Yesterday's science fiction has become today's science fact. The partnership of NTech Industries, Inc., Ukiah, Calif., and Oklahoma State University (OSU) has produced the GreenSeeker, a new generation of agricultural sprayers. The GreenSeeker essentially plays the role of a doctor, analyzing symptoms and administering proper treatments to promote healthy crops and the best possible yields.
OSU recently announced a signed license and master research agreement with NTech Industries, Inc., which will manufacture the GreenSeeker.
GreenSeeker sensors give plants a physical, write prescriptions and deliver the optimal amount of fertilizer in fractions of a second as they travel across a field, instead of applying the same, average amount over an entire field. The technology promises to benefit producers, the environment, and consumers around the world.
“Fertilizer is a major expense for producers. The GreenSeeker will allow them to be more prudent and efficient in the use of fertilizers, specifically nitrogen,” said Bill Raun, professor at the OSU Department of Plant and Soil Sciences.
D.C. Boston, Oklahoma Agriculture Experimental Station associate director said, “This is truly a landmark development, and has the potential to solve the world food problem.”
Norman Borlaug, the only Nobel Peace Prize recipient for agriculture and father of the worldwide “Green Revolution,” traveled to Stillwater to deliver the keynote address for the ceremonies.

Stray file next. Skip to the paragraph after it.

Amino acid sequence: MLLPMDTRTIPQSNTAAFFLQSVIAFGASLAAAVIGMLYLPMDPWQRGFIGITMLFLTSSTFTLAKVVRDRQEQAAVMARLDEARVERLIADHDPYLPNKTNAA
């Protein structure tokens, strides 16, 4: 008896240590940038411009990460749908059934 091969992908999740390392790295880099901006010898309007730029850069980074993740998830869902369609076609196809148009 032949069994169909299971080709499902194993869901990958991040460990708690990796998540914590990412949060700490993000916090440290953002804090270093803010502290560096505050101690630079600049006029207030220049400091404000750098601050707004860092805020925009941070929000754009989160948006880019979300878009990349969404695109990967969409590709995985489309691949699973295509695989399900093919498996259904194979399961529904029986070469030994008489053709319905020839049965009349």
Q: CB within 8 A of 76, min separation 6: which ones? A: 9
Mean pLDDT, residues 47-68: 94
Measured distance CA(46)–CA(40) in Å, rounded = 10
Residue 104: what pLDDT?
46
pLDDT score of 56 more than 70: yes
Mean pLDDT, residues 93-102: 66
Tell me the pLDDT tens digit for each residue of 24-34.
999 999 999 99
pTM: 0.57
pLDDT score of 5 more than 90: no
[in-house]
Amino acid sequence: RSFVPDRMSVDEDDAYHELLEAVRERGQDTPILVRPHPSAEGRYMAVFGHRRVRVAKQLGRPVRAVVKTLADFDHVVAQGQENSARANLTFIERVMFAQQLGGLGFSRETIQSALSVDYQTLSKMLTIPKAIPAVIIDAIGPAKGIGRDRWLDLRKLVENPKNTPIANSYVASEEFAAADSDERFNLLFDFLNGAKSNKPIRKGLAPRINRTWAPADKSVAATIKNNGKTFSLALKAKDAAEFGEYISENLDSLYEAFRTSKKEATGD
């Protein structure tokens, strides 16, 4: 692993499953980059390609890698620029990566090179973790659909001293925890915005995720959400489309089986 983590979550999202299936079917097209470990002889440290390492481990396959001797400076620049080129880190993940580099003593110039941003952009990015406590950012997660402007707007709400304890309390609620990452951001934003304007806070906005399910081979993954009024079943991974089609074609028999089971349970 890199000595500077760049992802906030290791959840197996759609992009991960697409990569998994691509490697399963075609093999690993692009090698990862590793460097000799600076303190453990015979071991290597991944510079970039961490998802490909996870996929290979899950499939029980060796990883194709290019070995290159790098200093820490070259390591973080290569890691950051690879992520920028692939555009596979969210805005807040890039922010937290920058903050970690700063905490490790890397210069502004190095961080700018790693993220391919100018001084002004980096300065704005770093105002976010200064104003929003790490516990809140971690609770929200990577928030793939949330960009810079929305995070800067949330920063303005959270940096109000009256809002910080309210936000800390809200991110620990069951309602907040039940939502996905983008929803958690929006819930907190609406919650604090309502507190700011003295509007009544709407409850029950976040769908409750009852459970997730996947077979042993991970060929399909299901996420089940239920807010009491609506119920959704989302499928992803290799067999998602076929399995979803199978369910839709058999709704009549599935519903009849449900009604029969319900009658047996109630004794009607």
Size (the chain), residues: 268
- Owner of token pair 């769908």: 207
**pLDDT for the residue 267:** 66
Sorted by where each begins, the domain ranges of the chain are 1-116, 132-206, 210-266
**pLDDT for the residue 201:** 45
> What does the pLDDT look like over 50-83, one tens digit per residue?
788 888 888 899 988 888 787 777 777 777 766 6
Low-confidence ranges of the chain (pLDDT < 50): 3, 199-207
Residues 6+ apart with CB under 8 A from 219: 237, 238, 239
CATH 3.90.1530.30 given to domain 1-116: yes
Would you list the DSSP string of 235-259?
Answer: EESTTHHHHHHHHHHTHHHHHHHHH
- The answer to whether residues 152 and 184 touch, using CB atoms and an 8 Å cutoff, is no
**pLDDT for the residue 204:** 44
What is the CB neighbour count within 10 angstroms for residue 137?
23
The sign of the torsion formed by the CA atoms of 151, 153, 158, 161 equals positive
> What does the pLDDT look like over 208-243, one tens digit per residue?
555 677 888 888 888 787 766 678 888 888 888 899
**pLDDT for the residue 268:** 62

“First of all, this does two things. It improves the efficiency of the use of fertilizer and at the same time it reduces run-offs into the water systems.” Borlaug said.
The GreenSeeker uses the same technology as the WeedSeeker, a self-contained unit with infrared light emitting diodes and electronics to sense and spray only weeds. The GreenSeeker's advanced optics and computer circuitry has been taken to a new level of precision by also detecting the nitrogen level in a plant.
“It would not be possible to do what we're doing without the cooperation of OSU and its team of researchers,” said John M. Mayfield, NTech's CEO. “They have done something nobody else in the world has done, making it possible to manage fields of crops meter by meter.
NTech Industries, Inc.'s, main office is located in Ukiah, California. Its Patchen division is currently manufacturing the WeedSeeker. Ntech will open a facility in Stillwater, Okla., enabling it to work closely with the OSU researchers.
For more information contact:
John M. Mayfield, NTech Industries, Inc., 740 South State Street, Ukiah, Calif., 95482 or Tel: 888-728-2436, or E-mail: JMayfield@NTechIndustries.com, or visit the Website: www.NtechIndustries.com